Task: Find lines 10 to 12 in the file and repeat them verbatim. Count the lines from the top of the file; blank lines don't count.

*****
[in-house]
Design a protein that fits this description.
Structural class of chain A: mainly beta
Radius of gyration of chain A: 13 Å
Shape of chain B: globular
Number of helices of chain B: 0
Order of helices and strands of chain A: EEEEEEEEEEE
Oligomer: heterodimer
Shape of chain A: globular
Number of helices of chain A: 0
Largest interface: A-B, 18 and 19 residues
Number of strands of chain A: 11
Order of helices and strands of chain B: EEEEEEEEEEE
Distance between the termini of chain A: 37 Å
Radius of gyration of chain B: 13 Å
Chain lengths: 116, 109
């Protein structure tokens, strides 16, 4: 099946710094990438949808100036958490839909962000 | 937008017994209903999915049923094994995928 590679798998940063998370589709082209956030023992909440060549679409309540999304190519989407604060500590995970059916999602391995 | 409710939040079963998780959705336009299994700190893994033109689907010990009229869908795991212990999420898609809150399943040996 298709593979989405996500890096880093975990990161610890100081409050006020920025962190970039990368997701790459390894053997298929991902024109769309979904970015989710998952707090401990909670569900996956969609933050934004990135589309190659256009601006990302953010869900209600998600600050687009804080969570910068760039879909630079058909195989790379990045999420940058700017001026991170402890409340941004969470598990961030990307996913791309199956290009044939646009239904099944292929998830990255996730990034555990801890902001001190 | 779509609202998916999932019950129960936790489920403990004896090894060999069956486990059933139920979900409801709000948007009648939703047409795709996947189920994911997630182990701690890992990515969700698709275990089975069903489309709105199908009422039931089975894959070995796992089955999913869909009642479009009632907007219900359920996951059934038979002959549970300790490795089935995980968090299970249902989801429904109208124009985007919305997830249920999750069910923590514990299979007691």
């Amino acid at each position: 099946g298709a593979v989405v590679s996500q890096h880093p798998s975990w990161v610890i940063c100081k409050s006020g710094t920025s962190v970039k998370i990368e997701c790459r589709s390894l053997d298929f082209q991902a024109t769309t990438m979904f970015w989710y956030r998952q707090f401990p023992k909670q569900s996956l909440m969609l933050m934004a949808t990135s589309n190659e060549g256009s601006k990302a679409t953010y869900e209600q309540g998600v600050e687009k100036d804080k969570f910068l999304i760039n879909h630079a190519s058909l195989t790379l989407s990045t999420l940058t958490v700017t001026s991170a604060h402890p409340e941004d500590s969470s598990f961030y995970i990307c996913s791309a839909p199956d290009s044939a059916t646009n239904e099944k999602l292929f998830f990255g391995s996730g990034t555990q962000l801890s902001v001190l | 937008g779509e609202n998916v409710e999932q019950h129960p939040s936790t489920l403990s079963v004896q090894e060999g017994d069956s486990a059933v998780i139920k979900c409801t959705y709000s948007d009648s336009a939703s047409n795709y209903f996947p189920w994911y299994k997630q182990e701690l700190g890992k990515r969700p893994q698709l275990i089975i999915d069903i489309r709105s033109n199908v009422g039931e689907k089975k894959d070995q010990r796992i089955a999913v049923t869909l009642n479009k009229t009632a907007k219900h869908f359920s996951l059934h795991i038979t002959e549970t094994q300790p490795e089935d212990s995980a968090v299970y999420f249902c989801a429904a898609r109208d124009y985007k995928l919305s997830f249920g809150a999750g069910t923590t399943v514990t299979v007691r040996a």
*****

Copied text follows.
Number of helices of chain A: 0
Largest interface: A-B, 18 and 19 residues
Number of strands of chain A: 11